Counterweights are removable to make transportation easier. You can add or subtract the number of weights in the counterweight system to meet the needs of your current load. Some counterweight systems are towable for even more freedom.

5. Outriggers

Outriggers are crane parts that provide extra safety when moving materials around the job site. Along with counterweights, they ensure that cranes stay standing even when transporting the heaviest of loads. Outriggers extend from the bottom of the crane and stabilize it from the ground. They lift the crane off its wheels, removing the possibility of the crane shifting its position from slight wheel movements.

The combination of outriggers, counterweights and a complex hoist system helps keep your crane secure as it moves heavy loads and materials around the job site. When it comes to operating cranes, safety is key for your entire crew. Outriggers add the extra layer of safety you and your workers need.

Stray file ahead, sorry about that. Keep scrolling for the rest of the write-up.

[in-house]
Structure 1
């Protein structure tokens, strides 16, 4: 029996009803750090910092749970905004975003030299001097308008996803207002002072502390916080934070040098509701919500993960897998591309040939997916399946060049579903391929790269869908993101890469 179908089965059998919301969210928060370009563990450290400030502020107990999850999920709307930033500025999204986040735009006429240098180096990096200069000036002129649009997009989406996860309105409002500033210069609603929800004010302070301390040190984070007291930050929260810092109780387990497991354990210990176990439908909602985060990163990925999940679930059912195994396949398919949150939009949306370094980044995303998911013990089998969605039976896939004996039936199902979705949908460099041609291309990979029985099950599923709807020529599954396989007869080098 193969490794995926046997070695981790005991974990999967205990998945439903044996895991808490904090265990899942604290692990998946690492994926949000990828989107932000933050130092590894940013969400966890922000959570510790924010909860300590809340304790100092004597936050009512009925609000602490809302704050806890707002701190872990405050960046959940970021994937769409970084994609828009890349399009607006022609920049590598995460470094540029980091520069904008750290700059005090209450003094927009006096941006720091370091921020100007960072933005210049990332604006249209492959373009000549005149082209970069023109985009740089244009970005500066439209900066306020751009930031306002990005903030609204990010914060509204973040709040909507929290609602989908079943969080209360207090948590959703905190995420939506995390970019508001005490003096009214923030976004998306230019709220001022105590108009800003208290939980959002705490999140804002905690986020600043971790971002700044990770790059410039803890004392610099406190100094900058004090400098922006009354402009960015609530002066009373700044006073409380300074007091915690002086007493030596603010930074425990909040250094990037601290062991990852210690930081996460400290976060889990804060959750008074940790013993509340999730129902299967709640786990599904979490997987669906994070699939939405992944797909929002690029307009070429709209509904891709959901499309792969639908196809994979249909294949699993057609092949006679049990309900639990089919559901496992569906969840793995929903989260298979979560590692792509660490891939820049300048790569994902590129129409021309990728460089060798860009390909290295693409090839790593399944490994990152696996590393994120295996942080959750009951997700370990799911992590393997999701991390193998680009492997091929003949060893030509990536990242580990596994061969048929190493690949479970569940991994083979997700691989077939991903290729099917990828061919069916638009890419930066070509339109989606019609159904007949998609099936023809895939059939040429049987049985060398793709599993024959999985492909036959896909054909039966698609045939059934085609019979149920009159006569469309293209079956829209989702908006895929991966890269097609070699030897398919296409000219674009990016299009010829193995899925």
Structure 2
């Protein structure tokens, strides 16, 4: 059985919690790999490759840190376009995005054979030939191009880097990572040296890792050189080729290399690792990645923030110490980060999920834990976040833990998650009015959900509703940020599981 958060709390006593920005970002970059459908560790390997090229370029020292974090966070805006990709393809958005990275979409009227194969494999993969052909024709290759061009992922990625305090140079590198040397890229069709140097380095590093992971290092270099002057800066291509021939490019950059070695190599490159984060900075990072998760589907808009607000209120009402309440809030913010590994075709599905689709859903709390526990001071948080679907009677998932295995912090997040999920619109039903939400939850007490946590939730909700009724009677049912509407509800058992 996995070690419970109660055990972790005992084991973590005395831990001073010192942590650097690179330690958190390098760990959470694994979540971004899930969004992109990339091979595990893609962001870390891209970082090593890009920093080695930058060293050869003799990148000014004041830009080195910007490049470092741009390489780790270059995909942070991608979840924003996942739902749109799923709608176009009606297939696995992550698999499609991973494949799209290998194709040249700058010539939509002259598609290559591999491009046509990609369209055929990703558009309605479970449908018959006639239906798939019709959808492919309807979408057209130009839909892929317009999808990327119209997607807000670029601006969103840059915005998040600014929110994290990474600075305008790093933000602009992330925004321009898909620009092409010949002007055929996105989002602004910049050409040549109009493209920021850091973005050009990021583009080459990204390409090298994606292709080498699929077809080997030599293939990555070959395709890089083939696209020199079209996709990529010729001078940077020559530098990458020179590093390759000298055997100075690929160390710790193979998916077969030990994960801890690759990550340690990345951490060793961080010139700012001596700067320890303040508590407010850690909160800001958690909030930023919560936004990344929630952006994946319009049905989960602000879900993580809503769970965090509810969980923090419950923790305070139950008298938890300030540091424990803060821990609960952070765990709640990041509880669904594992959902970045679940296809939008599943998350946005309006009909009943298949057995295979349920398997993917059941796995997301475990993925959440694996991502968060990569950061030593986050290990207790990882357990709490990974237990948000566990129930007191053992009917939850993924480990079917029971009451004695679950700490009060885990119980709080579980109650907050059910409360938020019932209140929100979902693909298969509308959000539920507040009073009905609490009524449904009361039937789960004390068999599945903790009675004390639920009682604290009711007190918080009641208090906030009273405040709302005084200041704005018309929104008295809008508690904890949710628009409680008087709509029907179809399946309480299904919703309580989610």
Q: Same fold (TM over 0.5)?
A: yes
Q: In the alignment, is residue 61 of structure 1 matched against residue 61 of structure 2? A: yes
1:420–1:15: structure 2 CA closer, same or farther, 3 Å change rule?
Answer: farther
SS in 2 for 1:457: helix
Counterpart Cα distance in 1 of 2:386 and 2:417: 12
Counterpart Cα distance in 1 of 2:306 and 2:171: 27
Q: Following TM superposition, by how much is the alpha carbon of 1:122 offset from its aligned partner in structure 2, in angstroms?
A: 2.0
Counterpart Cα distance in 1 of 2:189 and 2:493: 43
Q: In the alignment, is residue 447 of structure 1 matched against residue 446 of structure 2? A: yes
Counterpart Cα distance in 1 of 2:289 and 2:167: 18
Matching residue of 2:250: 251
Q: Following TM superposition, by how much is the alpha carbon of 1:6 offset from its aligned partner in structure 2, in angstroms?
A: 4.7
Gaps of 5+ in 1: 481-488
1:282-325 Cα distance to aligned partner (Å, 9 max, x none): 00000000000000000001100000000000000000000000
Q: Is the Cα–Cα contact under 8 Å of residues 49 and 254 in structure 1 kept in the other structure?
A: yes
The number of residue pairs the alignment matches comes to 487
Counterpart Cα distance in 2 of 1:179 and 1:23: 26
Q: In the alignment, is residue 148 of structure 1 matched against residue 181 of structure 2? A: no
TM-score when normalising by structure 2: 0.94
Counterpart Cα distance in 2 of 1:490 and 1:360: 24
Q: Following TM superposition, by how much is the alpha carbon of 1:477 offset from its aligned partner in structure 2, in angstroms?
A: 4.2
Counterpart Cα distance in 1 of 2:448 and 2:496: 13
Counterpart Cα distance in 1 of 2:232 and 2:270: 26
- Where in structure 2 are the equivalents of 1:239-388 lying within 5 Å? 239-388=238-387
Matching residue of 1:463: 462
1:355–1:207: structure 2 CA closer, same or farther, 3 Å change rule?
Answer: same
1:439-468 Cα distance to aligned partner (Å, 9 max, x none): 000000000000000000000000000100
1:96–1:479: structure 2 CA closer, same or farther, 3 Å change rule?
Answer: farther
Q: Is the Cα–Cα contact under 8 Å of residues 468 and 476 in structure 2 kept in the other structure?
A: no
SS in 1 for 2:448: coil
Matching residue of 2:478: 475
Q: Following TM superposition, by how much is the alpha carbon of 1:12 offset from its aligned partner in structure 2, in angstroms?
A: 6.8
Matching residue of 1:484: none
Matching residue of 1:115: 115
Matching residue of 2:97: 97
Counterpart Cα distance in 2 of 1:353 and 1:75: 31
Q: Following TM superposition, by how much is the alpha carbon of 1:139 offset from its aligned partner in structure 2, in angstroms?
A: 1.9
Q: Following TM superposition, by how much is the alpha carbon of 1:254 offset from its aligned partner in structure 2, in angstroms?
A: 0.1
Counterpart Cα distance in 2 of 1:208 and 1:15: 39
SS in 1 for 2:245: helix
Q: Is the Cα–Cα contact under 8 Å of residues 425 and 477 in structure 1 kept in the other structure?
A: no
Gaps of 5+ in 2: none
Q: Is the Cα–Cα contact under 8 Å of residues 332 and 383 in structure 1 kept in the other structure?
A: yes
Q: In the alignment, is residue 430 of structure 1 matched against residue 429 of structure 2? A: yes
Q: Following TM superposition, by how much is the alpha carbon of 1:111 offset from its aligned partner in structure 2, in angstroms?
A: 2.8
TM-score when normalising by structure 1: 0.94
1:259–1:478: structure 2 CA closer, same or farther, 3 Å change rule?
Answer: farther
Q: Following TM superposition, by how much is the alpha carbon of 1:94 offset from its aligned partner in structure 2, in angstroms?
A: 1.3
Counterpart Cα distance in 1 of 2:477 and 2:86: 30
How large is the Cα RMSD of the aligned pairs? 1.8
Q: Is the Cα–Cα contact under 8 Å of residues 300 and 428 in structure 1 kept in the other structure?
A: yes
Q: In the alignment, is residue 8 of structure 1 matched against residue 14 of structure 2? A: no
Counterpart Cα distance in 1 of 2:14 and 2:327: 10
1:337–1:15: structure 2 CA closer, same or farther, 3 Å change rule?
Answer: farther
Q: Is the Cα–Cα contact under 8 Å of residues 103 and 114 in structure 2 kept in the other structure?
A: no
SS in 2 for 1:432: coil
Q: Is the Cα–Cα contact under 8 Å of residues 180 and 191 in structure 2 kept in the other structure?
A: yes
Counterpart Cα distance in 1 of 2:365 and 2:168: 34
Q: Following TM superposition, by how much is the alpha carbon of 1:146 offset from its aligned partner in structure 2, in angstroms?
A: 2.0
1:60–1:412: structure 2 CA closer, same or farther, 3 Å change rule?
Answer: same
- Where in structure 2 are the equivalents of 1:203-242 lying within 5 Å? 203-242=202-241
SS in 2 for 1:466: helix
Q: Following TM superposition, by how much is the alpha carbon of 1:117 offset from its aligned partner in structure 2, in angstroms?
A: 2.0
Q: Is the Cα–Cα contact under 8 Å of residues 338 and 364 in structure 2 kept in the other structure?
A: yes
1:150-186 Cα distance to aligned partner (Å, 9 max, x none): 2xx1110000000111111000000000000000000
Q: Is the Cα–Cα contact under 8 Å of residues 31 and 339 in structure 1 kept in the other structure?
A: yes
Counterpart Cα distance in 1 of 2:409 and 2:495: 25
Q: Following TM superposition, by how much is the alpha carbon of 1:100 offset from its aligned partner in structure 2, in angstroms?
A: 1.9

6. Wheels and Tracks

Wheels and tracks allow cranes to move around the job site, depending on the terrain. Wheels offer increased mobility, from maneuvering around a job site to driving down the highway at high speeds. They’re the best option for bumpy, uneven ground, but tracks might be your best option if the job site is soft and muddy.

Tracks are long and wide, giving a crane an increased level of stability over wheeled cranes. They’re a bit slower than wheeled cranes and need smooth, even ground for easy operation. But their safety and stability make them an attractive option for many job site managers and engineers.

7. The Hoist